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2005-04-06 - Rockville, MD, USA and Gaithersburg, MD, USA: The United States Food and Drug Administration (FDA) has issued Guidance for Industry on Pharmacogenomics Data Submissions. Issued March 22 by the FDA Office of Clinical Pharmacology and Biopharmaceuticals, the guidance is expected to clarify and strengthen the role of pharmacogenomics in new drug discovery and development. The FDA has directed attention to pharmacogenomics, a field of study that examines individual and population responses to therapeutics under preclinical and clinical evaluation, as a new way to improve drug safety and speed development of new medical products.
FDA and industry experts believe that ultimately pharmacogenomics can be a basis for medicines individualized for efficacy and safety. The FDA intends to ensure that their policies are based on the best science, encompass the many methods of gathering and analyzing pharmacogenomics data, and instill public confidence in the field.
A 2004 report by the Swiss Centre for Technology Assessment (TA-SWISS) said that metaphors such as "personalized medicine", "designer drugs" and "personal pills" that are often encountered in texts on pharmacogenetics and pharmacogenomics are misleading. These metaphors can actually obscure the true potential, namely the development of new drugs that can be used more selectively and with fewer side-effects. "In the future we will still be buying our drugs off the peg", stresses Klaus-Peter Rippe, Project Manager of the TA-SWISS Study. But Rippe goes on to say that developments are moving towards a splitting up of the population into different genetic sub-groups, which could then be administered the drug most suitable for them in each case.
Within pharmacogenomics, Gene Logic has particular expertise in toxicogenomics, an area that assesses the toxic potential of drug candidates using sophisticated predictive and mechanistic capabilities based on gene expression variation. A research agreement between the FDA and Gene Logic, begun in August of 2003, aims to help the FDA develop data quality metrics for the toxicogenomics portion of new drug submissions. Donna Mendrick, Ph.D., who is vice president (toxicology) for Gene Logic, is a member of the FDA/Drug Information Association (DIA) steering committee. This committee focuses on integrating pharmacogenomics in clinical trials for new drugs.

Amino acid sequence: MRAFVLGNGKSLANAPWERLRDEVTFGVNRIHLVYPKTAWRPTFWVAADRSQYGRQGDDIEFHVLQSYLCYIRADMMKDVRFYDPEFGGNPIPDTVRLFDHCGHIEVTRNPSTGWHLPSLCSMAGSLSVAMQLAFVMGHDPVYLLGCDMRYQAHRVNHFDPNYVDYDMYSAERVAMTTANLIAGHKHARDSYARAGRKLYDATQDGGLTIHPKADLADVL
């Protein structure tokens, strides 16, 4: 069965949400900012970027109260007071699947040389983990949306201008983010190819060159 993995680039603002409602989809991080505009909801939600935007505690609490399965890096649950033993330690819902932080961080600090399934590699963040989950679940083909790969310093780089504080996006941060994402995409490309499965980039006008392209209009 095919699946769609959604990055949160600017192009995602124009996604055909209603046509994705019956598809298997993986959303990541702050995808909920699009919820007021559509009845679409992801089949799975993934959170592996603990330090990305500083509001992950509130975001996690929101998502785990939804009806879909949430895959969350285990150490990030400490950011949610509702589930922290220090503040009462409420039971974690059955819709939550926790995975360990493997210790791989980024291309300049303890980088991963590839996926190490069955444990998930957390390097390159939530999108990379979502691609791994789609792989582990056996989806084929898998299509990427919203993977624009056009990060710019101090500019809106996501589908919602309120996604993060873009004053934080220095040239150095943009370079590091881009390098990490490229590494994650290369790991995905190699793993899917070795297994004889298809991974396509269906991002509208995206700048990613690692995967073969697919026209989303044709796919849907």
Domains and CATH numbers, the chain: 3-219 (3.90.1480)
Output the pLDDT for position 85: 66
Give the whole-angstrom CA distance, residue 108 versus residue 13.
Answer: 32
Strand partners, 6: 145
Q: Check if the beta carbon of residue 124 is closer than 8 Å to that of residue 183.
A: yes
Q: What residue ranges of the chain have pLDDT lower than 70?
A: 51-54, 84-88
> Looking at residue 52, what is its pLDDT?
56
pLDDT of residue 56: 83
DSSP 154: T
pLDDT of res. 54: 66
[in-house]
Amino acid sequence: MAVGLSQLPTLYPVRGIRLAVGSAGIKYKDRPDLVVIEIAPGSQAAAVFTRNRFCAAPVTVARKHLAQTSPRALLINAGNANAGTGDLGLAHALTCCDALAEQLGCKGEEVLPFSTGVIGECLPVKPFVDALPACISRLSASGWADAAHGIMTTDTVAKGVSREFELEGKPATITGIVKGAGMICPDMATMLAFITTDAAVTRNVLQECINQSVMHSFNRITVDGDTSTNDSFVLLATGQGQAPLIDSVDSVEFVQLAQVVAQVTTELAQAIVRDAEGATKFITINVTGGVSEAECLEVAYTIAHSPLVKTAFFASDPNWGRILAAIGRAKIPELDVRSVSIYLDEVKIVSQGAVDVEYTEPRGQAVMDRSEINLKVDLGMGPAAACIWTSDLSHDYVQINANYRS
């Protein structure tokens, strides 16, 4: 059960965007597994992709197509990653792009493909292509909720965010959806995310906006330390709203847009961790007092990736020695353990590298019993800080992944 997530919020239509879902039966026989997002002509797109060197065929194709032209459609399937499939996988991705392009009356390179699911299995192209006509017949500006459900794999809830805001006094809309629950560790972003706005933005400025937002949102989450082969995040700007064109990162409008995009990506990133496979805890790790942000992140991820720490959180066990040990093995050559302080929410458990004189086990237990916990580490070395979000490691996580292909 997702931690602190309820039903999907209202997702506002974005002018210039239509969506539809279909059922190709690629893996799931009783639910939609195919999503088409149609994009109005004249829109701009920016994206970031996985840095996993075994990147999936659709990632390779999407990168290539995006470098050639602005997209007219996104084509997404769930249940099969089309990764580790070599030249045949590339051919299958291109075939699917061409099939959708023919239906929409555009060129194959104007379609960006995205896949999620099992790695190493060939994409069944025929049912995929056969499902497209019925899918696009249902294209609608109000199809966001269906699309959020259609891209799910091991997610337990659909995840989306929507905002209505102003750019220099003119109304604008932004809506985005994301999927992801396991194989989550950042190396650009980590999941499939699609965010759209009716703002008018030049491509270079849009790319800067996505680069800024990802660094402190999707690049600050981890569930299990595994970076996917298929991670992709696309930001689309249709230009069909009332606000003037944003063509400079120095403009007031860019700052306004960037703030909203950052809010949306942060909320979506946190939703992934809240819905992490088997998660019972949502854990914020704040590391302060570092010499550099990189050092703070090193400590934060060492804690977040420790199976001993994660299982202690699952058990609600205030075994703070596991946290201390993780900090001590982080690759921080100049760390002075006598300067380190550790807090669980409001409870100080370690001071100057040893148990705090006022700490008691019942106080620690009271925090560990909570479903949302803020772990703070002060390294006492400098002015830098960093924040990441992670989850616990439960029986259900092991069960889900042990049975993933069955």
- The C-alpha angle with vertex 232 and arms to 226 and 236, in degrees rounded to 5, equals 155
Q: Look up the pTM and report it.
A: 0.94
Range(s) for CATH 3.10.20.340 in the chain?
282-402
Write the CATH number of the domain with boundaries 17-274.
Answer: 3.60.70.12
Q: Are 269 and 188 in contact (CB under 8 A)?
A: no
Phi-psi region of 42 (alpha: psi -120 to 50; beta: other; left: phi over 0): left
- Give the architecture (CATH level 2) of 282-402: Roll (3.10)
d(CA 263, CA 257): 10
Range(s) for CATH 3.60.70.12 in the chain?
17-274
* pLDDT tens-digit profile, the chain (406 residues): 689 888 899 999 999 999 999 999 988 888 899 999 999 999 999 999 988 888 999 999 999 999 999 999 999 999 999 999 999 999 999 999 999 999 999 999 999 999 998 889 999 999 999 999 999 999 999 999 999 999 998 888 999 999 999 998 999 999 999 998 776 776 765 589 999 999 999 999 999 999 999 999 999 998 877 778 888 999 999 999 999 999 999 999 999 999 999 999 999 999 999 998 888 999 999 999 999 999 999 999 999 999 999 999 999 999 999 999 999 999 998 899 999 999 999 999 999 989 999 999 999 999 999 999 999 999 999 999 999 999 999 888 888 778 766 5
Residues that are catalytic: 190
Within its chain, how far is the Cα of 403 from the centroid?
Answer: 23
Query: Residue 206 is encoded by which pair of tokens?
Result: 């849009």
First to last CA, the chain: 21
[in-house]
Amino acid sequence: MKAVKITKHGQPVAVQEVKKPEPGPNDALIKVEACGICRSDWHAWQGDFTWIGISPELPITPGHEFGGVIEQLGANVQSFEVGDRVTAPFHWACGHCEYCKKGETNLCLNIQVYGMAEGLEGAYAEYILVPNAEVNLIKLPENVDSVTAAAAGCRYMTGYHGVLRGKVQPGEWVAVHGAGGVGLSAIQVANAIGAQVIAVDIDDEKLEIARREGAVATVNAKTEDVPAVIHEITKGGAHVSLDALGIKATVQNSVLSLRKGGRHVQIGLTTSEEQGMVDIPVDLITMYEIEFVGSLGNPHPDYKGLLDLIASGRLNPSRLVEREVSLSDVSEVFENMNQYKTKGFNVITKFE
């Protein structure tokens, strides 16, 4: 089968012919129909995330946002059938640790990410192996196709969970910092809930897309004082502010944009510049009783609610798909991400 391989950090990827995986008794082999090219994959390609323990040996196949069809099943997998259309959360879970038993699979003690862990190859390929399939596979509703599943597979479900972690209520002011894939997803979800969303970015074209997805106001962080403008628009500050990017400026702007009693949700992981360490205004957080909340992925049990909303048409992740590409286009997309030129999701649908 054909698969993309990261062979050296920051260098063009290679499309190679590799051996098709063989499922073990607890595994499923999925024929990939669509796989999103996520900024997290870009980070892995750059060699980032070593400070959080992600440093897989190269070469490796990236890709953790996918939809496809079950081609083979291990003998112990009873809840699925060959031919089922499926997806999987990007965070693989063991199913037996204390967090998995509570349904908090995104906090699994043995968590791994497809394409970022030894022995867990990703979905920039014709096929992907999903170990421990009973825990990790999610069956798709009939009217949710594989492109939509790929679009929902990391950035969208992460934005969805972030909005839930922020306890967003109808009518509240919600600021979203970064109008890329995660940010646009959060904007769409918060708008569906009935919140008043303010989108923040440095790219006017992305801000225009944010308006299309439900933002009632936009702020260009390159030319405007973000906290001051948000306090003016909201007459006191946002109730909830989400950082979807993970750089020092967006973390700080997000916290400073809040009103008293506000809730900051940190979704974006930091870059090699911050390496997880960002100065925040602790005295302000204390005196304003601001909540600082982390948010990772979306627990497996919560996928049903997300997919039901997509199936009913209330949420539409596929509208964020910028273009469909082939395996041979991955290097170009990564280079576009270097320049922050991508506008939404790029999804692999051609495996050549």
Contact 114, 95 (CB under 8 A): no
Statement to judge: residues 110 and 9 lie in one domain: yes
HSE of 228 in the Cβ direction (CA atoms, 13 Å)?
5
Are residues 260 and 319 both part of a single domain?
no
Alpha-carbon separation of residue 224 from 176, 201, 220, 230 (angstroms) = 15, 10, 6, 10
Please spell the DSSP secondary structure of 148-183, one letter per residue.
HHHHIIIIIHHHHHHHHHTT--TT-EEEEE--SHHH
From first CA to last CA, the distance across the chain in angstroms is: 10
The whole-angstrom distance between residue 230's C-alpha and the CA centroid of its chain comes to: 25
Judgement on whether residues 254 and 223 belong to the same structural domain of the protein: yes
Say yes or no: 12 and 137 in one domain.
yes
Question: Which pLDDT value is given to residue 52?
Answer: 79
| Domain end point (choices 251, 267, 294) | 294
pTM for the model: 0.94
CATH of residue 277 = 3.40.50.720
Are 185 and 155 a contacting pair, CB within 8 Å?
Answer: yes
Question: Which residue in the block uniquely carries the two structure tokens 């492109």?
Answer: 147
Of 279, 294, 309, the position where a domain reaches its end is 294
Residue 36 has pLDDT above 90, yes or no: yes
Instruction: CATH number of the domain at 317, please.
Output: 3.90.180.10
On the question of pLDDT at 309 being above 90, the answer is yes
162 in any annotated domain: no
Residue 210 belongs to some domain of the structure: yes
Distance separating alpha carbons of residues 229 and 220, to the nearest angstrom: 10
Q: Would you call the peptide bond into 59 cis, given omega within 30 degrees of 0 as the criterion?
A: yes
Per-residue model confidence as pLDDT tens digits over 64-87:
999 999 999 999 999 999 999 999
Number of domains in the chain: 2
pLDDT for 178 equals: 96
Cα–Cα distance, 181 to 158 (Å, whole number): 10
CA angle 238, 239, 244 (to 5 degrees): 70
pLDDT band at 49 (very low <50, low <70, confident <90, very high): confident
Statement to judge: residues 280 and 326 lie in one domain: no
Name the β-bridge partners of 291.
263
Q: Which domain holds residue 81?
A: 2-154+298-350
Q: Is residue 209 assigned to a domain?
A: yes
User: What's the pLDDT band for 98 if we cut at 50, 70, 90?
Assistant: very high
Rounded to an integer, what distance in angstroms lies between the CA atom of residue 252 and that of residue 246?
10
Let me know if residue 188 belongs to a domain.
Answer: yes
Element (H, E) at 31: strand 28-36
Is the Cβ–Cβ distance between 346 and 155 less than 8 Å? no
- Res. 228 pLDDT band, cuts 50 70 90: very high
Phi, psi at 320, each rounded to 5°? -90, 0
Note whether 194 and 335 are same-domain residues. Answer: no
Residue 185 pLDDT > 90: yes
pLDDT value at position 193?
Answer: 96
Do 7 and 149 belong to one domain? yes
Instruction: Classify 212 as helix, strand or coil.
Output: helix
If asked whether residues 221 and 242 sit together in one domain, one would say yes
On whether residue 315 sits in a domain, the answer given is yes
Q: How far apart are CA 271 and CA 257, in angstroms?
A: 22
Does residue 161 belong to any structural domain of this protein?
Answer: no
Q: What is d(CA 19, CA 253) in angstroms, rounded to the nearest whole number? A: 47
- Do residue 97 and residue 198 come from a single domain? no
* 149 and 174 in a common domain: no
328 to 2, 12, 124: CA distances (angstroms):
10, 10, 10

"We believe this new guidance will enhance observatory and predictive drug evaluation systems, alerting drug developers earlier to possible adverse risks of compounds," said Mark Gessler, president and CEO, Gene Logic. "We anticipate that clear guidelines from the FDA will encourage wider use of our pharmacogenomics solutions by pharmaceutical companies. The combined efforts of the FDA and industry will improve drug development and review, offering improved possibilities for a healthier, safer future."
Gene Logic says it has one of the world's most comprehensive toxicogenomic databases as well as gene analysis software systems and expertise. The company's reference database is used by pharmaceutical companies to predict compound toxicity in humans. The guidelines released clarify how pharmacogenomics data should be submitted for FDA review prior to approval for marketing as well as how the data will be evaluated.